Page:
The gentle, solitary pangolin has a tongue as long as its body and curls into a ball when threatened. It is also the world's most trafficked mammal, and threatened with extinction.
In front of a drab government building near Vietnam's northern border with China, a young conservationist named Nguyen Van Thai prises open a flimsy wooden crate with a machete.
He lifts out four plastic sacks and places them on the ground. From each sack he pulls out a brownish-black ball with a scaly exterior, roughly the size and weight of an curling stone.
Gradually - and very, very cautiously - one of those balls begins to uncurl, revealing two blackcurrant eyes, a long snout, an even longer tail and a soft pink belly. It's a pangolin, one of the world's more remarkable creatures.
The pangolin is the only mammal wholly covered in scales, and it simply curls itself into an impregnable ball when threatened by predators.
It eats seven million ants and termites a year using a tongue that's almost as long as its body. It has no teeth, so it stores stones in its stomach to grind up its food.
The reason many of us have never heard of pangolins is because they seldom survive in captivity. Only six zoos in the world - and only one in Europe, Leipzig - have any.
Pangolins enjoy one other unfortunate distinction - they are the world's most trafficked mammal.
While the media focuses on the plight of the elephant and the rhinoceros, the celebrities of the natural world, roughly 100,000 pangolins a year are being snatched from the wild and sent to China and Vietnam.
In both those countries their meat is considered a delicacy, and their scales are deemed to have magical medicinal properties.
Already there are no pangolins left in great swathes of South East Asia, so Africa's pangolin populations are now being plundered. All eight species are threatened with extinction.
As Prince William recently remarked: "The pangolin runs the risk of becoming extinct before most people have even heard of them."
The four pangolins in the crate opened by Nguyen Van Thai had been confiscated by Vietnam's Forest Protection Department from two traffickers caught riding motorbikes into China along a forest track at dawn.
Nguyen, who heads an NGO called Save Vietnam's Wildlife, planned to take them back to a rescue centre that he runs in Cuc Phuong national park south of Hanoi.
As we drove south, he explained how pangolins - so common in his childhood - had all but vanished from Vietnam's forests and were now smuggled in by boat or truck from countries like Indonesia or Malaysia.
They come in loads weighing several tons, dead and alive, fresh and frozen, gutted and skinned.
Live ones are the most valuable. Before selling them traffickers often pump their stomachs full of gravel or rice starch to increase their weight.
At the rescue centre we watched some of the pangolins emerge from their burrows at night, and I began to understand why those who work with them find them so endearing.
They resemble artichokes on legs. They are gentle, solitary creatures with an almost comic rolling gait. They carry their young on their tails and curl round them to protect them. They use those prehensile tails to hang from branches, or to stretch out almost horizontally to reach ants' nests.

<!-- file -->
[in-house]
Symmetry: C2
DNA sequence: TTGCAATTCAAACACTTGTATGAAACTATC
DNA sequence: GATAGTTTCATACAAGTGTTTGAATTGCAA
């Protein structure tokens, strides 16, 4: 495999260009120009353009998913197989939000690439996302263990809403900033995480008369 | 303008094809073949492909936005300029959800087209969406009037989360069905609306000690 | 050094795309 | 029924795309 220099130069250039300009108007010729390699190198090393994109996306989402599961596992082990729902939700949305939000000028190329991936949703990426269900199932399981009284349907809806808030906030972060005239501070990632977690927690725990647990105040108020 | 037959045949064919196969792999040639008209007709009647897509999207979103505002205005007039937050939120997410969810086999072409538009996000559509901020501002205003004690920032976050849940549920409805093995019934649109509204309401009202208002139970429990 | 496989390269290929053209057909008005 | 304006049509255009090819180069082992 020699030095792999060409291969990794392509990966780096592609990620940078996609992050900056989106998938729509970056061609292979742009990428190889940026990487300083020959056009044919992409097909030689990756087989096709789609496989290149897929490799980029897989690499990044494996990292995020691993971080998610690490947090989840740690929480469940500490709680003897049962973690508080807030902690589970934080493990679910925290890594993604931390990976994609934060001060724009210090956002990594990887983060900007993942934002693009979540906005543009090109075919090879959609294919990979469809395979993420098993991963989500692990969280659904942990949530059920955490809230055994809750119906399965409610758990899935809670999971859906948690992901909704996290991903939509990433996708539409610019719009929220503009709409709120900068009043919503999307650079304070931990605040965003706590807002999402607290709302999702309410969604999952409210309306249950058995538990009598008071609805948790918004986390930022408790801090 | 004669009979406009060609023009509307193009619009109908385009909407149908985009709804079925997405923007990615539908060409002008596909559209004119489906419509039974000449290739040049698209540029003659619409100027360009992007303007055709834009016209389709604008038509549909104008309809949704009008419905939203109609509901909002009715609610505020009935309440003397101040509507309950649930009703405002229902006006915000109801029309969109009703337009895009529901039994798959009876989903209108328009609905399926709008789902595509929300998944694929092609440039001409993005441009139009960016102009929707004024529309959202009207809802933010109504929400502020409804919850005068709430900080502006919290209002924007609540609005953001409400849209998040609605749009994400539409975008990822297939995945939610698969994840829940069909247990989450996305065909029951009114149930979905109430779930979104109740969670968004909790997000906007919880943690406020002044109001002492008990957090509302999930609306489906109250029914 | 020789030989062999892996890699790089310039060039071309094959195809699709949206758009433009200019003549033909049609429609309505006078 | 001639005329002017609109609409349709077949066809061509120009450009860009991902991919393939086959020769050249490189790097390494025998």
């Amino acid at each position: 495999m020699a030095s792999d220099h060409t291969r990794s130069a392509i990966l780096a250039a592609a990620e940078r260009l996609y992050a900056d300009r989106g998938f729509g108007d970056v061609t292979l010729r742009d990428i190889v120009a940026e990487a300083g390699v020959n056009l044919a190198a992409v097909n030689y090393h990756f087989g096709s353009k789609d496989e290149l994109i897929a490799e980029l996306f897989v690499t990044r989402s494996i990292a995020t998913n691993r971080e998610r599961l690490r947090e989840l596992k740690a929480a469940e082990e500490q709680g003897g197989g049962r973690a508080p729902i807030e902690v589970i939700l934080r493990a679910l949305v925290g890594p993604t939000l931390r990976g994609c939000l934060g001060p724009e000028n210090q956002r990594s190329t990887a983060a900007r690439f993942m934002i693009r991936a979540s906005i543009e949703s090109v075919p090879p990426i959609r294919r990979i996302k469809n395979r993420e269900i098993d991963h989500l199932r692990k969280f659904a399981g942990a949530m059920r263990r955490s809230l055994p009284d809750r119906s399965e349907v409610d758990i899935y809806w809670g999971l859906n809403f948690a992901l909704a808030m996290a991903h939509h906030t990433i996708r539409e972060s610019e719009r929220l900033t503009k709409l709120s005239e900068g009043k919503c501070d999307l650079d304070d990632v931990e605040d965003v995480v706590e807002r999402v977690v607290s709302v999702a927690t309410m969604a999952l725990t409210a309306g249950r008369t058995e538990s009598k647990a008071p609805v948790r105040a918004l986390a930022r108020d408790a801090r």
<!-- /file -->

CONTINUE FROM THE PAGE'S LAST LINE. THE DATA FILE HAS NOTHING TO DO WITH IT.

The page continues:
Nguyen said the authorities sometimes caught the traffickers, but only because rivals had snitched on them. But they did practically nothing to stop retailers selling pangolin products.
The next day he took me to Hanoi to show me what he meant.
In the space of an hour we visited four randomly chosen traditional medicine shops in the city's bustling old quarter. Three produced pangolin scales, touting them as a cure for everything from cancer or acne, to poor lactation in mothers.
They asked up to $1,500 (£1,000) a kilo. Asked why they were so expensive, one woman replied with no apparent shame: "Because they're rare and illegal."
With equal ease we found restaurants selling pangolins to eat for $250 (£160) a kilo. One restaurant owner explained that a live animal could be brought to our table, where its throat would be slit, and the blood served as an aphrodisiac.
He recommended we had the meat steamed, and the tongue chopped up for soup. He then produced a large jar of rice wine with a small, dead pangolin pickling inside it. He offered us that for an extra $200 (£130). It was a repulsive sight.
The problem, Nguyen complained, was not Vietnam's poor and uneducated, but its wealthy elite - the senior government officials and the wealthy businessmen who ordered pangolin to flaunt their status or to celebrate a deal.
"Ninety million Vietnamese can no longer see pangolins in their own country because a few rich officials and businessmen want to eat them," he added, angrily. "That's disgusting."
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Monique Pool first fell in love with sloths when she took in an orphan from a rescue centre. Since then many sloths have spent time in her home on their way back to the forest - but even she found it hard to cope when she had to rescue 200 at once. Soon sloths were hanging everywhere - from the trees in her back garden, from the bars on the living room window, and anything else they could hold on to. "Two female adults sat on the TV stand and the babies would climb on the matriarchs," she says.
This was when she invented the term "slothified" as a description for her home and life.
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